Retail Panelists Discuss Inclusivity Inside and Outside Their Organizations

June 11, 2021 by Ansley Puckett
(Photo via Gap Inc. Media Relations)

Open to All and Yelp hosted a panel with leaders from Gap, H&M and The Body Shop to discuss ways to promote inclusivity on Thursday. 

Executives with the companies discussed rainbow-washing and inclusivity that goes beyond Pride Month. Rainbow-washing is the act of using rainbow and Pride imagery in advertising while investing a minimal effort in concrete change for the LGBTQ+ community.

The leaders said they believe retailers have a social responsibility to create safe spaces within their companies.

Calla Rongerude, director of Open to All, which is a nonprofit nondiscrimination campaign, said the companies on the panel embodied meaningful change in retail and outside of it in their work.

“I’m really, really pleased that we’re all talking about meaningful, authentic change,” Rongerude said. “I think all of these companies embody it.”

Michele Sizemore, the senior vice president of product development and operations at Gap Inc., said not only was the panel about open discussion but also about using its retail social power for good.

Michelle Sizemore

“Being an inclusive company is both a moral and a business imperative: It sends a message to the world that we stand for equality for all and that business can and should be a force for good. And it makes us a better, stronger company that reflects and serves the world in which we operate,” Sizemore wrote in an email after the panel.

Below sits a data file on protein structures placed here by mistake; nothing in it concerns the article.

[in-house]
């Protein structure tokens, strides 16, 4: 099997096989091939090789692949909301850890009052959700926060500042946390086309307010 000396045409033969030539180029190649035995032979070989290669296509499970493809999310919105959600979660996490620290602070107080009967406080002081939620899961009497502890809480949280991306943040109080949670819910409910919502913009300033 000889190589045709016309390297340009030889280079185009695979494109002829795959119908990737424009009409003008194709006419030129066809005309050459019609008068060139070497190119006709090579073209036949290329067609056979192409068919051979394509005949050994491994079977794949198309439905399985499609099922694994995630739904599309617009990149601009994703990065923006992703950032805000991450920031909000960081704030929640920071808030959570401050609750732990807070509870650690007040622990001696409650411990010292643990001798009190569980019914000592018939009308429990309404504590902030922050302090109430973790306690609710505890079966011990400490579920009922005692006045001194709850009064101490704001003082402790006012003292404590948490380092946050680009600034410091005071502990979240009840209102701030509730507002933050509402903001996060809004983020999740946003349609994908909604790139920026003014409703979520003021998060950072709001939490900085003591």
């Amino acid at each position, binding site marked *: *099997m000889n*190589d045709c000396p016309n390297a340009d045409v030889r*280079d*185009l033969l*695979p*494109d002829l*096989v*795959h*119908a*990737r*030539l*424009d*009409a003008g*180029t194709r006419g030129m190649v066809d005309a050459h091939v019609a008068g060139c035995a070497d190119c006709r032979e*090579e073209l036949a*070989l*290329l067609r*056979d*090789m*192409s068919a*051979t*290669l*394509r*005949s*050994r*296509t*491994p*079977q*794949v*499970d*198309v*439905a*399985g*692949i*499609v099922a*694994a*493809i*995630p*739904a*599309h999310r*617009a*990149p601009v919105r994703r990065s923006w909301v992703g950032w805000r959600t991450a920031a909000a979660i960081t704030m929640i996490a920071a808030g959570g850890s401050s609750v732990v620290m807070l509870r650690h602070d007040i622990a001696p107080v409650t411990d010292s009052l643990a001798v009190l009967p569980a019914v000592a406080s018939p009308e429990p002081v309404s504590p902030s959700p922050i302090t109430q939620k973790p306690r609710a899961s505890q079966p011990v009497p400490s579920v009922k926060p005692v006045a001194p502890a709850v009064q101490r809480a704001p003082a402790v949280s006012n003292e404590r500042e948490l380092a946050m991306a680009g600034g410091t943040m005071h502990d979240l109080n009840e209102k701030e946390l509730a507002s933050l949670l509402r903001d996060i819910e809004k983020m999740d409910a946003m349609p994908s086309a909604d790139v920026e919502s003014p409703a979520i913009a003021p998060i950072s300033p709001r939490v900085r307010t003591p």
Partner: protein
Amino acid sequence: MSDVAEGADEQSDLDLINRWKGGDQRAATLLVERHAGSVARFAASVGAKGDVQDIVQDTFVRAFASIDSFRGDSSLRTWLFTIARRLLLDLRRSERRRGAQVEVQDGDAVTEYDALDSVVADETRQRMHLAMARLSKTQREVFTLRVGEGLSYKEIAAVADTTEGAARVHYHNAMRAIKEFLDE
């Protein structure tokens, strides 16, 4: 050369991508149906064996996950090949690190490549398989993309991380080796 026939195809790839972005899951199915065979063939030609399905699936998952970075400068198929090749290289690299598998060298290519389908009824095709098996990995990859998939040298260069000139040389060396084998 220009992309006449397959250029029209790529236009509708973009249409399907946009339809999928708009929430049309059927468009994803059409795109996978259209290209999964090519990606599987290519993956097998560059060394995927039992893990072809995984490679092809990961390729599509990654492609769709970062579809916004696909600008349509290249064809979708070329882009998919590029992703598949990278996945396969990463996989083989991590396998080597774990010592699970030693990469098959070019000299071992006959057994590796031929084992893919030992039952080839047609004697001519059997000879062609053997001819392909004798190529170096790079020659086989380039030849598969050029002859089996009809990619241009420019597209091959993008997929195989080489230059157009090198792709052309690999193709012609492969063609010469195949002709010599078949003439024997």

During the event, the women discussed change and action on all levels of their companies, including from the associate level to the executive level. Diversity & Inclusion and Supplier Diversity Executive for H&M Donna Dozier Gordon said engaging employees in programs helps companies reach every level when committing to diversity and inclusion.

“It really all starts with building a culture of inclusion,” Gordon said.“If your team members and associates don’t feel commitment is real and genuine, then there’s no way that they’re going to be able to translate that or transmit that to customers.”

Hilary Lloyd, the vice president of marketing and responsibility for The Body Shop,echoed a similar statement, saying her company believes it should exist as a force for good.

“As a collective of retailers,our objective, ideally, should be to use commerce as a platform for committing to social change,” Lloyd said.

The Body Shop’s initiatives center around Pride this year, which Lloyd said is a long-term action that uses Pride to advocate for The Equality Act.

“Our activism campaigns tend to focus on action,” Lloyd said.“So, of course, certainly, we aim to advocate, educate, lend our platform, but perhaps most importantly, our goal is to seek progress and seek action, and most often that’s through policy change in our legislation.”

Sizemore also spoke about inclusivity in the workforce and the company’s Pride group, which she said has over 1,000 participating members.

“We believe that diverse voices are powerful, and it is our responsibility to ensure our employees, customers, and communities represent – and are part of – an inclusive and growing chorus,” Sizemore wrote.

According to Sizemore, the company’s diversity work also includes rigorous activity outside of Pride Month, including signing letters opposing anti-transgender and discriminatory legislation. 

Gap Inc. is also involved in the Open to All Pledge, which publicly confirms that workplaces and stores are welcoming spaces for everyone. Each U.S. store also displays the Open to All sticker.

The leaders concluded the panel by committing to acting as an example to other businesses and demonstrating ways smaller businesses can be involved without as much monetary power.

“In order for this to work or to be successful, everyone has to feel like this touches them,” Gordon said. “So, create ways to get everyone feeling like diversity is something that they can attribute to.”

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